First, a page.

What do you picture when you think about people living with memory issues? For instance, think about the word “dementia”. Do you come up with a positive picture? One of our society’s common – but inaccurate – stories about aging is that it means becoming helpless, useless, unhappy. This story is amplified when we add the idea of facing changes in how our brains work.

When we give into this fear, it is easy to push people living with these conditions into a category that is “not us”. To make matters worse, the pandemic has exposed how many people think of all older people and people living with disabilities as expendable.

Aging does not mean losing our humanity

Elizabeth Stanbro with art based on Opening Minds Through Art

Stanbro in front of artwork done by residents of Life Care of Colorado Springs

Elizabeth Stanbro would argue from her own experience against this prejudice. Elizabeth is an artist and teacher who has worked for years in art education in at-risk populations. Her philosophy is to honor the artist’s ability and promote self-reliance. (See and read more on her website www.ArtforOlderAdults.com.) She turned her focus to older adults living with memory issues, after seeing how little creative outlet her mother had while in a care home. Elizabeth trained in Opening Minds Through Art (OMA), a program created by Scripps Gerontology at Miami University.

OMA is based on the understanding that we remain creative and need to express ourselves, even when memory issues arise. Instead, when this happens, we need new and different ways to engage. Art is a way to do this when other forms of expression are not possible.

One of the core elements of OMA is choice. Elizabeth says she values this approach for “not infantilizing projects, but instead giving people sophisticated processes that produce rich, complex artworks.” One goal is to provide as much choice as possible, with a range of materials and colors at the artist’s disposal. Instructors and volunteers help artists understand how to utilize materials. Artists are not told what to make.

OMA respects individuals’ agency and this is a major reason that Elizabeth chose it. “The OMA process accesses what people with dementia have in the moment and doesn’t rely on faculties that are diminished or absent,” she explains. “It honors the individual. It helps people produce rich, layered compositions. The art reflects the individual making the creative decisions, instead of producing cookie cutter projects that come from being told what it should look like.”

Art transforms artists and volunteers

Opening Minds through Art shows that people remain creative and can express themselves uniquely, even with memory issues. Elizabeth has seen the dramatic changes the program can produce. She describes one woman who, at first, gave all her art works the same title and used similar shapes and patterns in each. After weeks into the program, she was creating different compositions, each with a different title. Over time, the woman’s work became richer and more complicated and she shifted how she related to it.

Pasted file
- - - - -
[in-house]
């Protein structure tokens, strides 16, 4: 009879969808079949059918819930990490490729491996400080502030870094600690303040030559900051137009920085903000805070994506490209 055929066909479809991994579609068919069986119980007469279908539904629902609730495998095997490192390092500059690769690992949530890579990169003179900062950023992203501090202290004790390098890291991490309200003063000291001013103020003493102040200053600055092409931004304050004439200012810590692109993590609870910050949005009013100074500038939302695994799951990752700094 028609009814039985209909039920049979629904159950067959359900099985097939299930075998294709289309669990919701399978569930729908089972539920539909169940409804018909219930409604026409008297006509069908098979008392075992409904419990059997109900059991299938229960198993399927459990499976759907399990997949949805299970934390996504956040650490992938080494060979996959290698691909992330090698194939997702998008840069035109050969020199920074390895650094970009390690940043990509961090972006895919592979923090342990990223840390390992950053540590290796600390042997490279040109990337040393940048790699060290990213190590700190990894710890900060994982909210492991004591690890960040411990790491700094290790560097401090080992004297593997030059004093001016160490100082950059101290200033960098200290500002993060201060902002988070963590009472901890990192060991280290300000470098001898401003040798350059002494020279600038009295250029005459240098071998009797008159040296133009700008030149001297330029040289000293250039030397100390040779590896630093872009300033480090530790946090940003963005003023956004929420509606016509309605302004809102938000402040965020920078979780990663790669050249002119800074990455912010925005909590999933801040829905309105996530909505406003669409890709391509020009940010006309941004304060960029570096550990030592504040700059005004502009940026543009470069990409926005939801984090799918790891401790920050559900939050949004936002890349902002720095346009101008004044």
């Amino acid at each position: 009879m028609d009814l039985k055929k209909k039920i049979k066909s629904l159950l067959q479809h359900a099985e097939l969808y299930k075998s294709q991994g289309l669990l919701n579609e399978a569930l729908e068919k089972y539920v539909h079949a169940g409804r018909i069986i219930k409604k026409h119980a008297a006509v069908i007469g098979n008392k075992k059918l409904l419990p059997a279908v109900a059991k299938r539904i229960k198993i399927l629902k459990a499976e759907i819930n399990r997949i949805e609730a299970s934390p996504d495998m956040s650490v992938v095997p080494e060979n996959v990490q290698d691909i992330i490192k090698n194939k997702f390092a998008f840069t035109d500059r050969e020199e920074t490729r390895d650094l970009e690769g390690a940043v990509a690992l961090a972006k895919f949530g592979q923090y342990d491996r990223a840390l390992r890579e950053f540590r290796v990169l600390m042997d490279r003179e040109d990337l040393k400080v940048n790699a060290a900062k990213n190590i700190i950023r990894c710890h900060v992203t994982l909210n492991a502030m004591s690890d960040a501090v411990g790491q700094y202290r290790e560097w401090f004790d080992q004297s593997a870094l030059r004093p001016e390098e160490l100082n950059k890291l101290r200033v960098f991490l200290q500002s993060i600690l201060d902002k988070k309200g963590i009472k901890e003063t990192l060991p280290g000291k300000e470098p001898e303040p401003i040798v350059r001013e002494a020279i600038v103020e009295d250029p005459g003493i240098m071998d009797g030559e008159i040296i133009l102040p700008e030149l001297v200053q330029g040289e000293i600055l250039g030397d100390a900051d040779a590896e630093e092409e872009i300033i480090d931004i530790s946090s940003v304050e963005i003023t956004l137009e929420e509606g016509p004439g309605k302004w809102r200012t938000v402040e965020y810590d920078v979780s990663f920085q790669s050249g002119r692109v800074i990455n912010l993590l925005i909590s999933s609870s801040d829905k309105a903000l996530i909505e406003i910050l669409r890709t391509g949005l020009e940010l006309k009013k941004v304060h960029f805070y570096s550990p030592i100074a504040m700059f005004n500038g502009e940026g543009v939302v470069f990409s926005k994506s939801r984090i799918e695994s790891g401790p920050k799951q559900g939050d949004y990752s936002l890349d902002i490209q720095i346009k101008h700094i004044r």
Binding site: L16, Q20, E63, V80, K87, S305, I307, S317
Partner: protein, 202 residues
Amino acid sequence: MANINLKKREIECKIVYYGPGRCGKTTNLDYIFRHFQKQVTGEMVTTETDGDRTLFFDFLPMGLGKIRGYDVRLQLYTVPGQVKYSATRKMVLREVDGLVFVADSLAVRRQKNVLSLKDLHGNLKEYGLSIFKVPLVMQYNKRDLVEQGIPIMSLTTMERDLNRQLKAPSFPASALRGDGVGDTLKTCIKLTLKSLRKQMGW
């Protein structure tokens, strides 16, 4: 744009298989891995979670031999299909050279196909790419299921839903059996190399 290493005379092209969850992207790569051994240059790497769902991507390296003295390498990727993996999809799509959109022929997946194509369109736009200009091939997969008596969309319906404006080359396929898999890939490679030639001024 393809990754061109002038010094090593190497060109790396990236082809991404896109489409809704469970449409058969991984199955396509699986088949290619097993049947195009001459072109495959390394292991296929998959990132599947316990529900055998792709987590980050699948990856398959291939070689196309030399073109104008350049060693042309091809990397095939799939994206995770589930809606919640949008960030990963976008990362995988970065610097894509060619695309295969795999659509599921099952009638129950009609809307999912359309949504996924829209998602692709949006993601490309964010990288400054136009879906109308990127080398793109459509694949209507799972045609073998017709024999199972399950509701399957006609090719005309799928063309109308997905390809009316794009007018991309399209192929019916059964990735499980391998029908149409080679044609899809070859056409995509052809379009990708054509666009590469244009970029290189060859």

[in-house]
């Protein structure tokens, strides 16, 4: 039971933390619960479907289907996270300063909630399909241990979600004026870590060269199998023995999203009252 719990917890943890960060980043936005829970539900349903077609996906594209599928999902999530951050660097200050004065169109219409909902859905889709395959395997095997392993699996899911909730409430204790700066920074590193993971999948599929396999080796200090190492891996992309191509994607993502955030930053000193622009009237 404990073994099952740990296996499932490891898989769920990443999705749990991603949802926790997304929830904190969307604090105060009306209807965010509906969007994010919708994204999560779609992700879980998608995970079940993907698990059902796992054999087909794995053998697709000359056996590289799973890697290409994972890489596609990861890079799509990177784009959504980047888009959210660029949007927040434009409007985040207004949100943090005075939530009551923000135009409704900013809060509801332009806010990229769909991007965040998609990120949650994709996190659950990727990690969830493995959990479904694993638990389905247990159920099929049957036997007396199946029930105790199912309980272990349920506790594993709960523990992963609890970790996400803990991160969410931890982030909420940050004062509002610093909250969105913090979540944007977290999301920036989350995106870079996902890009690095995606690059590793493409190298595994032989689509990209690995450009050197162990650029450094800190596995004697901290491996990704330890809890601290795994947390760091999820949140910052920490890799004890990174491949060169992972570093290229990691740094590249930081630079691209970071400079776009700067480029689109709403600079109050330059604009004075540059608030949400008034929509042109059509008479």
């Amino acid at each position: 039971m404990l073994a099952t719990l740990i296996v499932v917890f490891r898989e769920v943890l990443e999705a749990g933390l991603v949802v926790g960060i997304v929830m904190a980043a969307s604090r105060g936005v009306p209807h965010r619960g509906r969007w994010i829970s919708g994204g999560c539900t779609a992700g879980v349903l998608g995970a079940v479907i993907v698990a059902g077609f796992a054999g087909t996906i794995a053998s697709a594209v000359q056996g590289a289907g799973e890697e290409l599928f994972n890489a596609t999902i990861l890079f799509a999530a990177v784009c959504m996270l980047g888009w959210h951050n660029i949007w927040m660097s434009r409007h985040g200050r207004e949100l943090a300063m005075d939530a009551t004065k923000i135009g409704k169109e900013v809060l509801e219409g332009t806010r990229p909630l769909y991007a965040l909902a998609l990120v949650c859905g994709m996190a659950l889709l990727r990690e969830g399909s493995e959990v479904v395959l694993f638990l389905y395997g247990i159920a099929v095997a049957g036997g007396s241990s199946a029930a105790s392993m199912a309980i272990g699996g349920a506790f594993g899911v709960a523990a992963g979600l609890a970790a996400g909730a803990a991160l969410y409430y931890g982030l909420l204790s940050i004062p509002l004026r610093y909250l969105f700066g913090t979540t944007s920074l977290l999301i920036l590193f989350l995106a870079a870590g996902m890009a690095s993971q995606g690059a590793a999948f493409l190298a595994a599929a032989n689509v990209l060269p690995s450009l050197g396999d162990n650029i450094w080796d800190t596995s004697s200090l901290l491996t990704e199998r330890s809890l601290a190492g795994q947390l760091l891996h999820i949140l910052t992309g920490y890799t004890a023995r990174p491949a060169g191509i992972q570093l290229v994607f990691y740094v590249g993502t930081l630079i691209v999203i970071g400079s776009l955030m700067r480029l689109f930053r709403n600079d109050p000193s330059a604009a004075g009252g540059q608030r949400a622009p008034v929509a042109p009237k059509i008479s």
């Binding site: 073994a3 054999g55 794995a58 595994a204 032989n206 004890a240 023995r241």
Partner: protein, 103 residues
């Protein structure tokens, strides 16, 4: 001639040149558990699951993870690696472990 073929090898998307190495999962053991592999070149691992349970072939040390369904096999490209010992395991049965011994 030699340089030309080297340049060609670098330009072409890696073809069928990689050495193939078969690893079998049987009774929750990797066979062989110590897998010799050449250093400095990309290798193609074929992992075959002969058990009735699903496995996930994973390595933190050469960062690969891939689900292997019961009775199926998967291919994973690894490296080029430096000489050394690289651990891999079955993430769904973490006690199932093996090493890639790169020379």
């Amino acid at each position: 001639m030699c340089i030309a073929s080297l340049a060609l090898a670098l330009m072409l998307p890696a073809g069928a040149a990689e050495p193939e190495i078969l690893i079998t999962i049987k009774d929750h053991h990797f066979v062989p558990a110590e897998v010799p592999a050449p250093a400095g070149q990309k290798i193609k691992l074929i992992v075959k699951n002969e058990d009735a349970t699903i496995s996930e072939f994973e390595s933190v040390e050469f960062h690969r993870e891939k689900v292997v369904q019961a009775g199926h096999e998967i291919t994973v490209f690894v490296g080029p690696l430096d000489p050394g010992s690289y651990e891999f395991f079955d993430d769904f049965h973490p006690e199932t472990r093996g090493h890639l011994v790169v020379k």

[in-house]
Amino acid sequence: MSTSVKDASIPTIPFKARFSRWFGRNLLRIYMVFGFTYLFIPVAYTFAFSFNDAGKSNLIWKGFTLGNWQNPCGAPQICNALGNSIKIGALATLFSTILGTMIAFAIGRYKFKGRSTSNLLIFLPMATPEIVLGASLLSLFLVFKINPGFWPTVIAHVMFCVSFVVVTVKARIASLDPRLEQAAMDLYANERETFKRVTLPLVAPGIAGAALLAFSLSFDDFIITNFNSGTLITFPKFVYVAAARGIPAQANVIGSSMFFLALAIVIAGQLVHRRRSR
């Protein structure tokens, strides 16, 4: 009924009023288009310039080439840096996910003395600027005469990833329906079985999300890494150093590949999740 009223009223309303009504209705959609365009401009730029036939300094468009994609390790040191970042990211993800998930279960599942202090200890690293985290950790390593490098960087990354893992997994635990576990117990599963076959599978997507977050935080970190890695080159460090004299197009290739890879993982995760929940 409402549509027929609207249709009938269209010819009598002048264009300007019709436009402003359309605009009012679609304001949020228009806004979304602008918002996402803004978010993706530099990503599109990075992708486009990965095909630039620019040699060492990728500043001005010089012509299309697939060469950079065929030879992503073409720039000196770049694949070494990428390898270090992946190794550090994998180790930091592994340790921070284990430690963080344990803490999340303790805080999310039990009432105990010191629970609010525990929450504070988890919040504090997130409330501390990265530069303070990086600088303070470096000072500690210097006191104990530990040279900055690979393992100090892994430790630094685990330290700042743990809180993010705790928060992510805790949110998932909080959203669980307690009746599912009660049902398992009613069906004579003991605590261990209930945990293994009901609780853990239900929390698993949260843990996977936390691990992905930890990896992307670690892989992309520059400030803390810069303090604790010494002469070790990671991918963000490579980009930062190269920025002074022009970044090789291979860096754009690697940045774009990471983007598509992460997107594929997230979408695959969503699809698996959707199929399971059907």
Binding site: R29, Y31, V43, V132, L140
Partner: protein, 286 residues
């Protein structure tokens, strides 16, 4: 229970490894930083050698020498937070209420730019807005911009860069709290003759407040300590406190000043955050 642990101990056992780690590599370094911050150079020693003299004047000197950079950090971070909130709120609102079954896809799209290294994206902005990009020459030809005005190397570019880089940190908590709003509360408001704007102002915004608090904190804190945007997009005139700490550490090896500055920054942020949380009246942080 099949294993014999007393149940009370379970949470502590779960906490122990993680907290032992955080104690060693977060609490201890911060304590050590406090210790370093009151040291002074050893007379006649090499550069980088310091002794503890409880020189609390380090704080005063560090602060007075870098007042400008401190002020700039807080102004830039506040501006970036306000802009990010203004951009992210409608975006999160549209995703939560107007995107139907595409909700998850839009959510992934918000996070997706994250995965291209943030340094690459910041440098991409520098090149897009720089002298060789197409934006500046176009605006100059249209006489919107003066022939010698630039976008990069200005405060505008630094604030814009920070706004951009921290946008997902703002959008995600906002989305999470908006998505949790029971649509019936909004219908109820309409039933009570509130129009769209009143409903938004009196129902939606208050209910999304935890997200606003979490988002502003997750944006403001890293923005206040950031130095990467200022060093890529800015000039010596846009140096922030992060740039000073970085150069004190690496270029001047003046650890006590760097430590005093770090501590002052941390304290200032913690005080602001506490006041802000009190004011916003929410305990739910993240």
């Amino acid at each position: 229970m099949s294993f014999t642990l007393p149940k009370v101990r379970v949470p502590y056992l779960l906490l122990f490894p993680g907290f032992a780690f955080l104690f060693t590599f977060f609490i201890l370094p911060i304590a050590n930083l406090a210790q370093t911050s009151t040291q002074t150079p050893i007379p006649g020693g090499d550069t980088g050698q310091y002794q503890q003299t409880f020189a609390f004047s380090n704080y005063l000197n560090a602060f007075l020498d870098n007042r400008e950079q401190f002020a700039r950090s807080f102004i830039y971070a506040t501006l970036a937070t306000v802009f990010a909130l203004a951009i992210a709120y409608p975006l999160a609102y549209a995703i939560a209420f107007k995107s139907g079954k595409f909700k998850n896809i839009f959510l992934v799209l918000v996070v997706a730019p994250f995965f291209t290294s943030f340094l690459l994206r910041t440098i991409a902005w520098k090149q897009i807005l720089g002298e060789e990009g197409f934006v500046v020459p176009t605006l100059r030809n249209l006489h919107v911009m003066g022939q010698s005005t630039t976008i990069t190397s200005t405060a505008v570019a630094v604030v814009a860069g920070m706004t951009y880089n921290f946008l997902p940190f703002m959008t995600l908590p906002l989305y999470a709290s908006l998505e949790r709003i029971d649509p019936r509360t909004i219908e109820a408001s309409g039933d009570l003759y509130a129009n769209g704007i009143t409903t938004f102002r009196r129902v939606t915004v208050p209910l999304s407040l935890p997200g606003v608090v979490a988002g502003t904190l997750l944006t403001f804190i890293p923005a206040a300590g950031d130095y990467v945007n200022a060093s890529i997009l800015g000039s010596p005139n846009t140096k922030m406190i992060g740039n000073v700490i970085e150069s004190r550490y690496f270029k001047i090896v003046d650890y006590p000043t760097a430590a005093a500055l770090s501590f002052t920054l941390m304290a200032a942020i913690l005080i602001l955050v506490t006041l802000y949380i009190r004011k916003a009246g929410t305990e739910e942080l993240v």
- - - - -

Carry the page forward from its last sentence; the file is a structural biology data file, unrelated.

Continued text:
“She (the artist) was exploring more possibilities so there was definite growth, rather than repeatedly doing the same thing. This indicates a more expansive thought process inspired by this particular creative process. This also indicated she was interested in the process and felt a desire to create in a deeper way.”

Elizabeth has seen this transformation over and over again. She’s excited that she has been about to work with residents at care homes around Front Range. The list includes Life Care of Colorado Springs, Rosemark at Mayfair Park, Assisted Living on Broadway, The Manor at Marston Lake, Arvada Art Center (SPARK program) Lincoln Meadows, Think360 Arts Creative Aging Program at Senior Hub, and Denver Art Museum’s Creative Aging program.

Intergenerational connection

The program is also changing people’s minds across generations about people living with memory issues. Opening Minds through Art utilizes volunteers, based on the idea that direct experience and interaction are what really change attitudes about aging and older adults. “Another reason that the OMA process is so meaningful because it cultivates connection between the artist and the volunteer supporting them.”

Elizabeth recently worked with two college students in an OMA class at a memory care facility. Both were studying in a healthcare field. Both loved OMA, and Elizabeth could see how the experience changed their ideas about the people living with dementia.

In general, the response from pre-med students to OMA has been impressive. The OMA program at Scripps also includes pre-med students and has even seen some students consider choosing gerontology as their field after experience with OMA.

Elizabeth Stanbro’s work helps people with dementia live more fully. And, she’s changing the way people understand the changes that sometimes come with aging. “People living with memory issues are valuable human beings who have much to offer all of us.” We may change with aging in a wide variety of ways, but we do not lose our worth. Programs like OMA and Elizabeth’s work are helping spread that idea across generations.

Read more about other examples of changing the way we think about aging.

Sara Breindel, Changing the Narrative blogger

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